In what could be a major boost to the ‘Make in India’ campaign, the US fighter jet maker Lockheed Martin has said that it is ready manufacture F-16 aircraft in India and that it supports the ongoing talks between the two countries to set up t h first manufacturing facility. If undertaken, then this will be the largest project under the ‘Make in India’ initiative.
“We are ready to manufacture F-16 in India and support the Make in India initiative,” Phil Shaw, chief executive of Lockheed Martin India Private Ltd told reporters at the Singapore Airshow 2016. However, Shaw did not commit on any time-frame to have the plant operational, saying the group supports the ongoing government-to-government talks.
Currently, Lockheed Martin manufactures one jet a month from its plant in the US and has a series of contracts and joint ventures in India with over 1,000 employees. The company has already supplied six C130J Super Hercules planes to India in 2001 and will be delivering another six helicopters by next year.
One reason why the company is interested in manufacturing in India is because of the demand from the Indian Armed Forces and also, it would want to lower the cost of planes for exports by using the low-cost capability in India.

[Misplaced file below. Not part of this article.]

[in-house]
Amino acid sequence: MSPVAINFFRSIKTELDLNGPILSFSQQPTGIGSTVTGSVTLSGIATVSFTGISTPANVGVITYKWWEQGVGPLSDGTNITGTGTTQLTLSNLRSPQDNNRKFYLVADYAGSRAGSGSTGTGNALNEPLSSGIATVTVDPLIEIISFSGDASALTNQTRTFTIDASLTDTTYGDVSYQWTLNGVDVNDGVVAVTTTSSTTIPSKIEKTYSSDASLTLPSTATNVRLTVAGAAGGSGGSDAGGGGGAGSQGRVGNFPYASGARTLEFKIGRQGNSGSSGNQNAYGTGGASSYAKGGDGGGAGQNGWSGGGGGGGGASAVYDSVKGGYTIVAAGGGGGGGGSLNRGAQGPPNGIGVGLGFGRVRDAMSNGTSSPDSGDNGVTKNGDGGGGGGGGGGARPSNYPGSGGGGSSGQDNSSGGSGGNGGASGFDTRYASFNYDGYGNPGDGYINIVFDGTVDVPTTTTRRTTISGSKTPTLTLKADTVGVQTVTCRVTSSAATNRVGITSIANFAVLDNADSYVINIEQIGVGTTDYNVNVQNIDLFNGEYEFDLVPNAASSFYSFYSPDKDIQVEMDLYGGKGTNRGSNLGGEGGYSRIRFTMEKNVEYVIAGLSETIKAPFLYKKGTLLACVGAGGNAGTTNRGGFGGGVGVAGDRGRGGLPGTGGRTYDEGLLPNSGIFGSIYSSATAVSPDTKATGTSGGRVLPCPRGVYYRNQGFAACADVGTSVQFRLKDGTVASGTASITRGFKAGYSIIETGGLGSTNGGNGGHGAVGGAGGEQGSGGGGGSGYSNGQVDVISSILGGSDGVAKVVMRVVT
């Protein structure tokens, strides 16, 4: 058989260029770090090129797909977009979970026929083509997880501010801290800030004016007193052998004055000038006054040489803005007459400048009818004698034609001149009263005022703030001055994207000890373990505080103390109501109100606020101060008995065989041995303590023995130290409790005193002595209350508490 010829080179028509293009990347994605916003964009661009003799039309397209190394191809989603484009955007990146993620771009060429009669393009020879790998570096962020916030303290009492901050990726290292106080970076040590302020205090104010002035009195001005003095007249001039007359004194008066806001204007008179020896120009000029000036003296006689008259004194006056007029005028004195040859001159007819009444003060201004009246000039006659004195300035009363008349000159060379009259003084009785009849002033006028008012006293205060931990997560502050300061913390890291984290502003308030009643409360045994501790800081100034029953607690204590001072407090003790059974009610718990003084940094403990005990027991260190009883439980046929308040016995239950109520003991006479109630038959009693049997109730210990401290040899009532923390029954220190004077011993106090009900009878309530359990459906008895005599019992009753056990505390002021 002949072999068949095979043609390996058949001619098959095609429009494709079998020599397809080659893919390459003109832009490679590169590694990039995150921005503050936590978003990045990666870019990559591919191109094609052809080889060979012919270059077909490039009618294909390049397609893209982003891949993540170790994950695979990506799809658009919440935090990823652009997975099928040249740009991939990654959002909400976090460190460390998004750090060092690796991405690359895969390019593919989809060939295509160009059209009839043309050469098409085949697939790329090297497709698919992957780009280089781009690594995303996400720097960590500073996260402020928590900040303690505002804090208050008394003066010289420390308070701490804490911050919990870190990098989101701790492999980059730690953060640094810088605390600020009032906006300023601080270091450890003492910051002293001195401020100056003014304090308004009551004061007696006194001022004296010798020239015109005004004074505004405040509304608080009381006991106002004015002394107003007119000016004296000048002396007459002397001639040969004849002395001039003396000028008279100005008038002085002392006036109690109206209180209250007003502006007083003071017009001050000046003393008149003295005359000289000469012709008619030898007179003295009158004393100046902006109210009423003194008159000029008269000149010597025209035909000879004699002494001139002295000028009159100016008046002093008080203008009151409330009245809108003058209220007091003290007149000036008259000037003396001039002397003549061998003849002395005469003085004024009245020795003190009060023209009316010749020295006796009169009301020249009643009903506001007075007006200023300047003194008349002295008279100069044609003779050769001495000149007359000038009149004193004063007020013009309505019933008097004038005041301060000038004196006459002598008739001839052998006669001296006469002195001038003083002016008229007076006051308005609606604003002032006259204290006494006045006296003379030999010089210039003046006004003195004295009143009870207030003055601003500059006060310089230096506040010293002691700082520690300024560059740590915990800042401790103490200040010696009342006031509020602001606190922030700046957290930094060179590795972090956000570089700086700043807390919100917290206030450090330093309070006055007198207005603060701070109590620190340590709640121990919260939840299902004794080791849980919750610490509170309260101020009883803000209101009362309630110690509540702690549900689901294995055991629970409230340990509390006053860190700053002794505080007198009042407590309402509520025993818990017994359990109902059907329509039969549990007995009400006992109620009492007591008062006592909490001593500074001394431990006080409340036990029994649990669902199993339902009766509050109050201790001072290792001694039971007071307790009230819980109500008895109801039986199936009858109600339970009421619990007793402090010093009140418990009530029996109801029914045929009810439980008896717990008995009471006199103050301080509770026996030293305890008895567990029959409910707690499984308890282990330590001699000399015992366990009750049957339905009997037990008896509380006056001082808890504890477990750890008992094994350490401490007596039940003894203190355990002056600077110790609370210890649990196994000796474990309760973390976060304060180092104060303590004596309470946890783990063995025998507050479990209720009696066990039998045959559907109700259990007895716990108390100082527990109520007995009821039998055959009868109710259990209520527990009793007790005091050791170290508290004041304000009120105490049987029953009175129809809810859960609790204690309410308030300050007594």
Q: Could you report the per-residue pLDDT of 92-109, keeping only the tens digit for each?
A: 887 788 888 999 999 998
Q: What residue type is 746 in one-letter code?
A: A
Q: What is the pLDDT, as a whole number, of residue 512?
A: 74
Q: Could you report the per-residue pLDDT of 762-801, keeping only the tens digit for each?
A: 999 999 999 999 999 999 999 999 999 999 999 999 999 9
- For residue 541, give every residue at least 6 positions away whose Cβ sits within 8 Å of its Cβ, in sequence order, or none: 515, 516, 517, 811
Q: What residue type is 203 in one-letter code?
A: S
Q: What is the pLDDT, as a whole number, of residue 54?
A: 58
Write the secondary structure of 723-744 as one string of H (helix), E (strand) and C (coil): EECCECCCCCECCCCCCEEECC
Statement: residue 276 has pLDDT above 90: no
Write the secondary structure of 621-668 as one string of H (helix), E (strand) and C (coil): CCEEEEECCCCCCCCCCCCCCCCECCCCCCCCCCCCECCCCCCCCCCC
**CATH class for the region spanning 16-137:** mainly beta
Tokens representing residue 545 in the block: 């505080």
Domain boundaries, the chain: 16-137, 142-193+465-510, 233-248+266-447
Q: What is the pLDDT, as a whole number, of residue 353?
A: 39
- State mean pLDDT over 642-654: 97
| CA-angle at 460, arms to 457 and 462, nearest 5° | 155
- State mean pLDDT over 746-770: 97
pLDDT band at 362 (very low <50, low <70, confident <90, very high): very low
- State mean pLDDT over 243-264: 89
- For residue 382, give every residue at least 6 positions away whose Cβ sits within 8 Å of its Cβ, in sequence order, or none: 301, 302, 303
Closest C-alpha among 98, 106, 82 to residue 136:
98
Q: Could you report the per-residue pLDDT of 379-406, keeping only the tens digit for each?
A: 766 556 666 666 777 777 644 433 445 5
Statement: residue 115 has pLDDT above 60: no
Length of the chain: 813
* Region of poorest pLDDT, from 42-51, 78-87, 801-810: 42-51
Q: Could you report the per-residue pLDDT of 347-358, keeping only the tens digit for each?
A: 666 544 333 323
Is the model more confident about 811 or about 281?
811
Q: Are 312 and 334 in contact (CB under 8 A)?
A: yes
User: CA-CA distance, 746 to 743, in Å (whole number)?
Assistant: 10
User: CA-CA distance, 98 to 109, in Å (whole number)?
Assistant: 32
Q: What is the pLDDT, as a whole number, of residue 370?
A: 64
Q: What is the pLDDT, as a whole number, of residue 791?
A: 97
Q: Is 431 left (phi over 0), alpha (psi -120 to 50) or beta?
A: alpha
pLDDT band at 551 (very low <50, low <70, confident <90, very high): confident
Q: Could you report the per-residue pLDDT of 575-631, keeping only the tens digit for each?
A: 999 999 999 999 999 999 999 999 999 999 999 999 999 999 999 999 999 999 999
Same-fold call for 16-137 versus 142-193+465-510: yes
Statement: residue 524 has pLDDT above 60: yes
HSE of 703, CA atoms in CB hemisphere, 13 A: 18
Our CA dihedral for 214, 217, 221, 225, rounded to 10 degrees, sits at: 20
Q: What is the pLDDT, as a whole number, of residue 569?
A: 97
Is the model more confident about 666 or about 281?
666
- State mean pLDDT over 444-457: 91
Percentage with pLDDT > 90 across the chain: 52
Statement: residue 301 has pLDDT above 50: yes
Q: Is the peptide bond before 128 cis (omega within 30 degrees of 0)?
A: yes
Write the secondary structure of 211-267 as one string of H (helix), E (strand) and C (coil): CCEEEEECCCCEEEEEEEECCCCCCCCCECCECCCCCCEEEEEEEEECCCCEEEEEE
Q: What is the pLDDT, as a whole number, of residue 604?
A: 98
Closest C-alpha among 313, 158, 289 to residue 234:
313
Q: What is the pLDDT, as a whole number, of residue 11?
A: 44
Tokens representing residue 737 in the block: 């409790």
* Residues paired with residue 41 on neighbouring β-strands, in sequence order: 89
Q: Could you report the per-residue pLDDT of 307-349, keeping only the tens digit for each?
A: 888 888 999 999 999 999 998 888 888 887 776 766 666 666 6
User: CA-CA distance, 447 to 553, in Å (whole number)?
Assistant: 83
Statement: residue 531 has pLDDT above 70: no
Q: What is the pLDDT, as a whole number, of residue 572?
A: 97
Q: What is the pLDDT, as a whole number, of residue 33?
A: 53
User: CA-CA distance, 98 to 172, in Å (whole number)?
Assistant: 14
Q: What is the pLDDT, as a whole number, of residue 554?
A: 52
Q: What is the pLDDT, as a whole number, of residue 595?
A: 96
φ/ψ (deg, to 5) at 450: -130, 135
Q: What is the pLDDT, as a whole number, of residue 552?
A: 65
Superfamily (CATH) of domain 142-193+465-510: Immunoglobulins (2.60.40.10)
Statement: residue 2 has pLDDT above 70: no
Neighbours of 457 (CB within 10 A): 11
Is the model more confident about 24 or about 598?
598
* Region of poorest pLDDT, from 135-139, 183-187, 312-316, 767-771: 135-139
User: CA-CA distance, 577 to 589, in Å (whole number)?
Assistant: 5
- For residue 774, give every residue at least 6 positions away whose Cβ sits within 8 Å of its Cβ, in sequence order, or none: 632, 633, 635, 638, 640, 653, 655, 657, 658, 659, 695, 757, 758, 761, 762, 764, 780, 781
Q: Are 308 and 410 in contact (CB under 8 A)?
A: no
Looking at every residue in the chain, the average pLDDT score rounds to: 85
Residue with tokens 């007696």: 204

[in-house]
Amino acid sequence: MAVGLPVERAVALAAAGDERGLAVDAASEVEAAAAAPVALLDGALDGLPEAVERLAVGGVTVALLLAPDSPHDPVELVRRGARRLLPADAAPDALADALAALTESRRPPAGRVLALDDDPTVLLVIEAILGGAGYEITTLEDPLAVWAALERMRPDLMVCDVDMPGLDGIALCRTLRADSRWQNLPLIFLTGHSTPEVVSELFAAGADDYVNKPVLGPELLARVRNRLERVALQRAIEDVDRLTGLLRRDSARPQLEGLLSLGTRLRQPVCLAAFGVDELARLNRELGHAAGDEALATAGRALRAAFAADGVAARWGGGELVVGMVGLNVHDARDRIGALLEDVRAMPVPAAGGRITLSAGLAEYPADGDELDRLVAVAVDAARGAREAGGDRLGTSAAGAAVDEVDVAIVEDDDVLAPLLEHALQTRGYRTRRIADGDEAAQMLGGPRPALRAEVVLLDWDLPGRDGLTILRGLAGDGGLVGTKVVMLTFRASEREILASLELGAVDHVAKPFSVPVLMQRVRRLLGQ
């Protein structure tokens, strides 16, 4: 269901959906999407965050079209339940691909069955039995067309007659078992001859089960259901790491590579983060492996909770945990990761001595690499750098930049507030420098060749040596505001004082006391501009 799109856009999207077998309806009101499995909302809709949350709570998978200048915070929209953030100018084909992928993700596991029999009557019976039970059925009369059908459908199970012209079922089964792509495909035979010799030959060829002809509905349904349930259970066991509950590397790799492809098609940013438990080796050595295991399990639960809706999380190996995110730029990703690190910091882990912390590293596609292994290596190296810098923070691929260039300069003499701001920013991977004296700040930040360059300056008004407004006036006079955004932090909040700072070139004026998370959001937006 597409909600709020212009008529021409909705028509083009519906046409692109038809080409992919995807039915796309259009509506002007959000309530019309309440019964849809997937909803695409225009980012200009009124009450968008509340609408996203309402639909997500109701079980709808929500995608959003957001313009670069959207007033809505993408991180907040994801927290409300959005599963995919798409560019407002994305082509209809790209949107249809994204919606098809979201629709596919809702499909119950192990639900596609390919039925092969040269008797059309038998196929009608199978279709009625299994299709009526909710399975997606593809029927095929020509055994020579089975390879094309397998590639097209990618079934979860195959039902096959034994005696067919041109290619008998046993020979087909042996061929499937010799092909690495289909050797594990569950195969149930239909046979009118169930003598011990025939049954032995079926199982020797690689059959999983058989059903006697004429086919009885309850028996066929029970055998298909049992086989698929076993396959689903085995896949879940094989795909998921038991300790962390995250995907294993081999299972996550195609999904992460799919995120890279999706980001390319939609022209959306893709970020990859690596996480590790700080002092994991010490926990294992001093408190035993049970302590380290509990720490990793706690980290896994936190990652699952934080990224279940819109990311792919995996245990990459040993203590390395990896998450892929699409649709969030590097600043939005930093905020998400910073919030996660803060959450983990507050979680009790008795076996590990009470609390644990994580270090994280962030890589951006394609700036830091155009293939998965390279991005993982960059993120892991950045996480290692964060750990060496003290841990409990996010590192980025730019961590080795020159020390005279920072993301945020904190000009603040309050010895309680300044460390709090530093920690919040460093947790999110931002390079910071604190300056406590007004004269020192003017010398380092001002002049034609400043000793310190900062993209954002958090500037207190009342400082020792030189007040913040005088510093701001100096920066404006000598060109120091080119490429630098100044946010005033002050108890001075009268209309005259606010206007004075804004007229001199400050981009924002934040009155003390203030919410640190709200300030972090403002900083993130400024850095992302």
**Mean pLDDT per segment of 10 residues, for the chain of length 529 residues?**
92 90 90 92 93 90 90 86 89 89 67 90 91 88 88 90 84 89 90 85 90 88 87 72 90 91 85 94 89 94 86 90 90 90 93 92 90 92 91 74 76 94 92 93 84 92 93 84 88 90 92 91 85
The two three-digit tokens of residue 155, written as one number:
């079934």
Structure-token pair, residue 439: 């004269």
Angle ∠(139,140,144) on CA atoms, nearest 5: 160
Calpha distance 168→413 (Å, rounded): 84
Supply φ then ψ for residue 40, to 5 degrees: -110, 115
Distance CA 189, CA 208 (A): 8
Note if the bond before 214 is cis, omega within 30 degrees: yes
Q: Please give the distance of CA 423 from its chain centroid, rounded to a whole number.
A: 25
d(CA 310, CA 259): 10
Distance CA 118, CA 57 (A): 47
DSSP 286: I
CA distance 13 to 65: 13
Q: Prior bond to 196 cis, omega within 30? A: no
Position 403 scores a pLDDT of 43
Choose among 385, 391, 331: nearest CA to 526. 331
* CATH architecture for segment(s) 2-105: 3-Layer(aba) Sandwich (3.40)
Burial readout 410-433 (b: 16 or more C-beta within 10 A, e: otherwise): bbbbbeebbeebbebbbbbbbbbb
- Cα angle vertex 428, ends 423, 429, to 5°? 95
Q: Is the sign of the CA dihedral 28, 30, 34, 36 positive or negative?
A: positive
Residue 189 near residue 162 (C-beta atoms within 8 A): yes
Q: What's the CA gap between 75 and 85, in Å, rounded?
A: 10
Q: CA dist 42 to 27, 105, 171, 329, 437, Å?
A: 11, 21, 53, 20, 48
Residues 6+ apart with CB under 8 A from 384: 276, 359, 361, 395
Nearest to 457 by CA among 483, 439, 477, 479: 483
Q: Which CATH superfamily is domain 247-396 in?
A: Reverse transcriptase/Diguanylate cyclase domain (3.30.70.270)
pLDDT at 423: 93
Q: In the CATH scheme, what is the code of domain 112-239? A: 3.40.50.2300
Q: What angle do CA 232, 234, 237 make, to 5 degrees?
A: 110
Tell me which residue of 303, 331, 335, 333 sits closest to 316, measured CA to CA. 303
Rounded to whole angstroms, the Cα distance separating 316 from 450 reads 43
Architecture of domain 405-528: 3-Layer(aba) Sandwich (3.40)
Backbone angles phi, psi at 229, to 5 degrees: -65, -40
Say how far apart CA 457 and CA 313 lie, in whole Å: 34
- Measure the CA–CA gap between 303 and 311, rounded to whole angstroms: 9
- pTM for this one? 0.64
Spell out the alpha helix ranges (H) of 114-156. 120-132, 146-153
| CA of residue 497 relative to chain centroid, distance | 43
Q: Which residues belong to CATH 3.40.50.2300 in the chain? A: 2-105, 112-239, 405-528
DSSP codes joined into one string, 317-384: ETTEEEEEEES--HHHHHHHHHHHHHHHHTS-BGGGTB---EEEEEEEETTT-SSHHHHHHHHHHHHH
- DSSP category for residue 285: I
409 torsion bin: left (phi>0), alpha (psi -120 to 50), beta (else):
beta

“Both the US government and Lockheed Martin see the advantage of placing a manufacturing base in India and make F-16 affordable for emerging markets,” informed a source said. The making of F-16, which will be among the largest projects under the Make in India initiative, will be conditional to the Indian government making a contractual commitment to buy the fighter jets for its armed forces, said the source. “Washington, in return, would ensure technology transfer to the Indian engineering sector and a huge boost to Indian exports,” he said. If the two governments reach an agreement this year or 2017, putting aside all differences on the mega project and the US’ move to supply eight F-16 to Pakistan, Lockheed Martin could roll out the first made in India jet in 2019-2020, said the source. Lockheed Martin has already decided on India as its best option for low-cost and highly qualified engineering workforce, and the final go on this is dependent on approval from New Delhi and Washington
(With Inputs From PTI)